The US government has named Russian state-run mining company Alrosa as one of the companies facing “expansive economic measures” and which is expected to impact the worldwide supply and trading of diamonds.
The Office of Foreign Assets Control of the US Department of Treasury has issued Executive Order 14024 in response to Russia’s invasion of Ukraine. The order prohibits US-based companies from pursuing all new financial activities and transactions with companies identified in the directive.
The sanction order also implicated Russian elites and families believed to be closely associated with Russian President Vladimir Putin, which targeted – among them – Alrosa CEO Sergei S. Ivanov, whose father Sergei B. Ivanov has also been identified as an official of the Russian government.
“Alrosa is one of the largest international mining companies headquartered in Russia. It accounts for an estimated 95 per cent of diamonds produced in the country and 28 per cent of diamonds extracted worldwide.”
The US government stated it pursued “significant and unprecedented action” in response to Russia’s invasion of Ukraine “by imposing severe economic costs that will have both immediate and long-term effects on the Russian economy and financial system.”
”Alrosa CEO Sergei S. Ivanov”
Alrosa is one of the more than 90 companies and financial institutions – which included two of the country’s largest banks – listed in the sanction order. According to Janet Yellen, Secretary of the Treasury, “Treasury is taking serious and unprecedented action to deliver swift and severe consequences to the Kremlin and significantly impair their ability to use the Russian economy and financial system to further their malign activity.” The action was taken “in coordination with allies and partners” to hold Russia accountable for the invasion of Ukraine and mitigate potential impacts to the US and its allied countries.
There are reports that diamond cutting and polishing operations in Surat, India have ground to a halt following the Ukraine invasion, stoking fears of uncertainty for diamond traders. Surat is the largest diamond cutting and polishing centre in the world.
Former Gems and Jewellery Export Promotion Council chairman and diamantaire Dinesh Nawadia told Indian Express that “six per cent of rough diamonds come from Russia. A large part of this is from Alrosa. If a war or war-like situation continues for a long time, the supply of rough goods will stop and the price of polished diamonds will likely go up. Diamond prices went by almost 50 per since last September (2021). So buyers are already sceptical.”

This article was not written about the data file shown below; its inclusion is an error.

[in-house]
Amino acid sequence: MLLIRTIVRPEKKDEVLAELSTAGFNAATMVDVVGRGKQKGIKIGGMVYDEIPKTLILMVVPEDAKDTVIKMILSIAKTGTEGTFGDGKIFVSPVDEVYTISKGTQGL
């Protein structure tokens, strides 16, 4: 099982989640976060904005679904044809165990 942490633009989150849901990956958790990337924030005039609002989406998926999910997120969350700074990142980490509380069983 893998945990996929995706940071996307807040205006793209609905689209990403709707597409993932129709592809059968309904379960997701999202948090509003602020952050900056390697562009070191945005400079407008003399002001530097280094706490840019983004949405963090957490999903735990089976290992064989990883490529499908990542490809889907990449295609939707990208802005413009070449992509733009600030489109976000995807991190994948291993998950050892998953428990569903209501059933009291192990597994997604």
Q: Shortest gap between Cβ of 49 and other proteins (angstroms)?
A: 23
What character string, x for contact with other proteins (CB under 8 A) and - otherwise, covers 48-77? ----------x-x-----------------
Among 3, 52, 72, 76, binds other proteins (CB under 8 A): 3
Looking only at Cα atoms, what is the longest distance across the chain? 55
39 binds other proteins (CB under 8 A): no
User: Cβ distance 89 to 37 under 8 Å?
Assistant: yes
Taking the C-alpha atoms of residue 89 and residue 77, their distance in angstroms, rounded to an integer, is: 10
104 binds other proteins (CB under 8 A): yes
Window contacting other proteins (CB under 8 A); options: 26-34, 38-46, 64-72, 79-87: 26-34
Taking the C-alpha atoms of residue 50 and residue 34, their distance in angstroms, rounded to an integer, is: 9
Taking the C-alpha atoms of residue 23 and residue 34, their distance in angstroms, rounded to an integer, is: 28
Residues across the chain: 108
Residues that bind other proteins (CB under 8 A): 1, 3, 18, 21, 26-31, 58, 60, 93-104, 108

Diamond supply to India will be largely affected as around 8 to 10 major diamond enterprises managed by Gujarati diamantaires operate in Russia. Another major disruption that could be critical for the international diamond industry is the war’s impact on worldwide supply chains and worsening the shortage situation.
Several logistics companies, namely FedEx, UPS, and A.P. Moller-Maersk have suspended services on all ports and transport hubs in and out of Ukraine until further notice. More freight and logistics companies are expected to follow suit should the conflict continue to escalate.
Additionally, the recent economic sanctions imposed on Russia is also expected to trigger shortages on materials, increase costs, demand volatility, logistical issues, capacity constraints, and cyber-attacks, according to Koray Köse, senior director analyst Gartner. While Alrosa, as reported previously in Jeweller, is expecting to increase its output of rough diamonds this year after it has seen strong market demand amid the supply shortage caused by the COVID-19 pandemic, the company expects to do business as usual.
A spokesperson for Alrosa told JCK, “We are carefully studying the new working conditions in connection with the imposed sanction. We do our best to guarantee the integrity of our operations, trading activities, and interaction with clients, including the work of our U.S. office.”
Strong jewellery sales and demand for polished diamonds in the US stabilised prices and increased orders in November and December 2021, which has prompted Alrosa to increase target yields this year by reopening mine sites to raise diamond production by 4.4 to 4.5 million carats to address the growing demand.